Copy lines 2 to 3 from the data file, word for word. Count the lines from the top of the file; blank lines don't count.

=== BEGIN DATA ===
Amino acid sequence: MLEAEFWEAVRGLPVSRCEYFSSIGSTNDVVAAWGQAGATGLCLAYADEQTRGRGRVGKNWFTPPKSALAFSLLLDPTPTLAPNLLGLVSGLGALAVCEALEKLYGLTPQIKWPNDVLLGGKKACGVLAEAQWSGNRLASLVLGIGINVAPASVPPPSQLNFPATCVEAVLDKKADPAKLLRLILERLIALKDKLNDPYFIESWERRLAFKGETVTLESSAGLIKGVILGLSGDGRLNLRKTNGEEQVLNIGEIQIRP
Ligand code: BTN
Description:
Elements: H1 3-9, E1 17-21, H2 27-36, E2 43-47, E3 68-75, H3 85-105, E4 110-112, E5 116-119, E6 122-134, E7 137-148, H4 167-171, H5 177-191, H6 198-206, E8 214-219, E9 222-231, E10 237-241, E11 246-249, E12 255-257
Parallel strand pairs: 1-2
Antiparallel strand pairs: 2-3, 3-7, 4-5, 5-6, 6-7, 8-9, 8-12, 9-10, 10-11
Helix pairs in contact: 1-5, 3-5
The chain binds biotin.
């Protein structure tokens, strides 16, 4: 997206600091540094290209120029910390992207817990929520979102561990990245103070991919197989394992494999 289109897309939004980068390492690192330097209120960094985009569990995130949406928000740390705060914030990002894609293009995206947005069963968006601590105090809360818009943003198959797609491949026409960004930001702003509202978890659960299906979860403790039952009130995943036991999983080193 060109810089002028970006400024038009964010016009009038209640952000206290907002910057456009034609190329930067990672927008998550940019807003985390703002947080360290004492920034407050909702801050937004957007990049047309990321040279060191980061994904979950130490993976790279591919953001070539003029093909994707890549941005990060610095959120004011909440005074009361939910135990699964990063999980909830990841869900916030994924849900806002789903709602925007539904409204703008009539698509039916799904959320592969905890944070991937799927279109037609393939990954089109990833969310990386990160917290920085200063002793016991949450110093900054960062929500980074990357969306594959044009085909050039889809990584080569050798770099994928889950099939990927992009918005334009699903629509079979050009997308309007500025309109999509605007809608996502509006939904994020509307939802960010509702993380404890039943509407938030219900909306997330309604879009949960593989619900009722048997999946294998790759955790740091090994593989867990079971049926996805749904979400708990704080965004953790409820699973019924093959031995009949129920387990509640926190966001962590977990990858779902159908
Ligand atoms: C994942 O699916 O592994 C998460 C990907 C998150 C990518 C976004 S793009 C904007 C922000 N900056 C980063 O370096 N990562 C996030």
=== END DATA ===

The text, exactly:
Ligand code: BTN
Description: